Foam Adhesion & Pliability
When raising a slab of concrete that is up against a foundation, foam can adhere to the foundation and lock the sunken slab into place, preventing it from being lifted back to level. This will literally NEVER happen with a concrete slurry mixture.
Also, concrete slabs are lifted one side at a time. When one side is raised, another may lower. The longer pliability time frame of concrete slurry allows the contractor to carefully manipulate the concrete slab into the proper position. If their material sets up too fast, like Polyfill does, they will not have the opportunity to move each side of the slab into optimal placement.
Some Polyfill contractors will try to sell customers on the idea that concrete slurry will erode and polyfill will not. Our concrete slurry mixture is similar to the concrete that you are looking to raise. Why are you fixing instead of replacing it? Because it lasts a really long time, just like our concrete slurry! After seeing multiple experiments with Polyfill, it is obvious that the poly floats on water. This may lead to it washing out or the concrete slab moving. If water gets under the polyfill it can put upward pressure on your concrete slab. Once your slab is pushed up above grade, it cannot be lowered and must be replaced (See the Environmental Factors section for information regarding polyfill disposal costs.)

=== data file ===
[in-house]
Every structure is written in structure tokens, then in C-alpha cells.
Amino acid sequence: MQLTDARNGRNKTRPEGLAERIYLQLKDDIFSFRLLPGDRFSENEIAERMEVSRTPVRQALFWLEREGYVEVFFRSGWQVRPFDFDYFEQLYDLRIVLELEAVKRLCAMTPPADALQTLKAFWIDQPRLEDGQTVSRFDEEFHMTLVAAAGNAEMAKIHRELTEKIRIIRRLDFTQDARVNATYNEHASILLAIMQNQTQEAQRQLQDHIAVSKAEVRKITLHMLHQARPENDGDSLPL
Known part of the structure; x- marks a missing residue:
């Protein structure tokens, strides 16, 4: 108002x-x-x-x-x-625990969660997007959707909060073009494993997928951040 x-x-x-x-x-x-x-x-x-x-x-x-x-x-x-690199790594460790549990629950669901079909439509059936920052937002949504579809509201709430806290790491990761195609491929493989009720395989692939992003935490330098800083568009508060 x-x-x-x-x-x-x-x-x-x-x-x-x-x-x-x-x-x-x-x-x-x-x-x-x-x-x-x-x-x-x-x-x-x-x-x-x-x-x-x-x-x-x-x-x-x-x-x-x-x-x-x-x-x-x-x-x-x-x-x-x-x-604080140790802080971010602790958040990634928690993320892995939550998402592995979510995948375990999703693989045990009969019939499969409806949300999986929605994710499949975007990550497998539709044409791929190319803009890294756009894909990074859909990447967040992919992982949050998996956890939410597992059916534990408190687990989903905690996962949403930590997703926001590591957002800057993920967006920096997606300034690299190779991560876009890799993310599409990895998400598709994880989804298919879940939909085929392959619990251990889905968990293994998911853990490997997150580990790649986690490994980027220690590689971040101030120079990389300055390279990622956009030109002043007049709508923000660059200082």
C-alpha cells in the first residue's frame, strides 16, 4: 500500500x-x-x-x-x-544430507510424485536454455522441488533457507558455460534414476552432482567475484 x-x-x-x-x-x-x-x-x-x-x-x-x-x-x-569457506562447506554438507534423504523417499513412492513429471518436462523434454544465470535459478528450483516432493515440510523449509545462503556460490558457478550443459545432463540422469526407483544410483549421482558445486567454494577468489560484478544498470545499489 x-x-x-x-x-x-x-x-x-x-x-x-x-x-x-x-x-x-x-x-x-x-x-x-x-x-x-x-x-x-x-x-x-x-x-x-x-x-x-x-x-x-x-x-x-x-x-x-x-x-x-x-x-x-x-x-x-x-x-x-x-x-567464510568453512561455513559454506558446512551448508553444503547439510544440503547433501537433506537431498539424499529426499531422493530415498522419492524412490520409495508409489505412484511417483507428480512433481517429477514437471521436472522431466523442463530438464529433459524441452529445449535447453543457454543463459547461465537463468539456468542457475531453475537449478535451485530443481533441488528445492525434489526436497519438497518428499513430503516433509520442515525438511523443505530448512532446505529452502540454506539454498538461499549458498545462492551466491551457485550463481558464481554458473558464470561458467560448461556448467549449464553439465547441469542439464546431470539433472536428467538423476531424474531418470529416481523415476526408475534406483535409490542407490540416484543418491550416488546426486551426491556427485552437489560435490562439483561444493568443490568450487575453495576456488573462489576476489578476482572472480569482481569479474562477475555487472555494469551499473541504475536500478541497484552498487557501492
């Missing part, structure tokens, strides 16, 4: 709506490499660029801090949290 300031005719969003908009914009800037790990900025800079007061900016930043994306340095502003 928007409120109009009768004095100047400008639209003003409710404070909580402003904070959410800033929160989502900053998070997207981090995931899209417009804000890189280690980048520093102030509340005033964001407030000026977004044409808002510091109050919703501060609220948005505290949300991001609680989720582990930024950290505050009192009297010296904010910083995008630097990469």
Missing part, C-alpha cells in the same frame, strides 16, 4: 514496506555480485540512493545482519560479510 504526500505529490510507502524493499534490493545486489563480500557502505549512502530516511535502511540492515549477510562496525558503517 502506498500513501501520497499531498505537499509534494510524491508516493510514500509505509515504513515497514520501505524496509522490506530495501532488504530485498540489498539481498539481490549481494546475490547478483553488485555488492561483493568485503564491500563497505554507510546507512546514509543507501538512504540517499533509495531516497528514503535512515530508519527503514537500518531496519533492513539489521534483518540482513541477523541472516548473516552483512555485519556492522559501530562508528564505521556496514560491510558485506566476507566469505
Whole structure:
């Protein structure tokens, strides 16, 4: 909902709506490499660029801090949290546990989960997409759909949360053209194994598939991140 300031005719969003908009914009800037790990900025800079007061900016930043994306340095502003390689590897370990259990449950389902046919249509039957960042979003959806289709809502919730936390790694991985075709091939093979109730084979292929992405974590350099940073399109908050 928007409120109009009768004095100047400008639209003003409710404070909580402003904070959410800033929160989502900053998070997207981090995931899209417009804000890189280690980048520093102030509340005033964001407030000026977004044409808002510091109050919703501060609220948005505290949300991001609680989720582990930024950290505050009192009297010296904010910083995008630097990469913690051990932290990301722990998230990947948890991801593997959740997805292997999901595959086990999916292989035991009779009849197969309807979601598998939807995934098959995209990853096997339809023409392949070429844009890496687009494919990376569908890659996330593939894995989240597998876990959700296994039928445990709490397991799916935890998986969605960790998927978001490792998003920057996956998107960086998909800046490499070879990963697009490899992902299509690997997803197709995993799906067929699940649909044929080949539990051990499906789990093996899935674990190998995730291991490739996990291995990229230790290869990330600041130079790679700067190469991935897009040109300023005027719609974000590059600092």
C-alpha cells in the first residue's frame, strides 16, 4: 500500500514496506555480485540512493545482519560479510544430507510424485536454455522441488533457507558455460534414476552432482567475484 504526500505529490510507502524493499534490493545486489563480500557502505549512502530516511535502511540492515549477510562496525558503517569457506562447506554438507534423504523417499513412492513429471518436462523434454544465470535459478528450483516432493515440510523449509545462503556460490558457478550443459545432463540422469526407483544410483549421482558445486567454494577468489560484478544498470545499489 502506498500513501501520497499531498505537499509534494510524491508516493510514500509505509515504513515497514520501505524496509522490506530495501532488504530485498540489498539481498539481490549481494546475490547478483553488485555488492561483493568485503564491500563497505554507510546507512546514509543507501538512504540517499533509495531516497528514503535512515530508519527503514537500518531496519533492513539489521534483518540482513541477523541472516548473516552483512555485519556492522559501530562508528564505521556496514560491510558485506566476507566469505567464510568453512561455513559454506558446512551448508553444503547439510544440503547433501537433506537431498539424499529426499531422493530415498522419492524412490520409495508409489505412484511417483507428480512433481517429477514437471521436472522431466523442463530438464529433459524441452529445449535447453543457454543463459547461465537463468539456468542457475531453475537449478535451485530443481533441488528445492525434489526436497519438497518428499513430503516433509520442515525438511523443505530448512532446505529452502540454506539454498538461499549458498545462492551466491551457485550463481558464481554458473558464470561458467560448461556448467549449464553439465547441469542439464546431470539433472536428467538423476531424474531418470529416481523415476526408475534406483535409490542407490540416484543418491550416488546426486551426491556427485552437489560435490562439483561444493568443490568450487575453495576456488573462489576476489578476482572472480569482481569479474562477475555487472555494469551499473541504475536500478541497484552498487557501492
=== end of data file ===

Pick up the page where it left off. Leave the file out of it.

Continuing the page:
One of the frequently cited disadvantages of this method is that the holes drilled in your concrete slab to allow for the slurry to be pumped into place are larger than those created for the newer polyfill method. In reality, the holes are only about one inch bigger, and can be filled with a well-matched concrete that often makes them very discreet. In addition, polyfill requires significantly more injection holes than slabjacking. This is because the poly material sets up in seconds, which doesn’t allow the mixture to spread out the way it needs to.
We have also heard scare tactics such as “mudjacking is messy and invasive.” While we all know that home repairs often involve some level of messiness, you can rest assured that Tri-State Concrete Services will never leave a project dirty or messy. We pride ourselves on top notch service and customer satisfaction. If you are unsure of how serious we are about this, ask any of our previous customers.
Another “disadvantage” often cited is that “using concrete to fix failed concrete” only compounds the original problem. Over one hundred years of successful use of this method begs to differ! Tri-State Concrete Services is proud to stand behind our work. We often see polyfill companies pitching “too good to be true” warranties. They are selling you a guarantee on a product that hasn’t been around long enough to know how well it will hold up. There are reports that estimate it will only last 10-12 years before breaking down. And can you be sure that your polyfill contractor will be in business to make good on that warranty?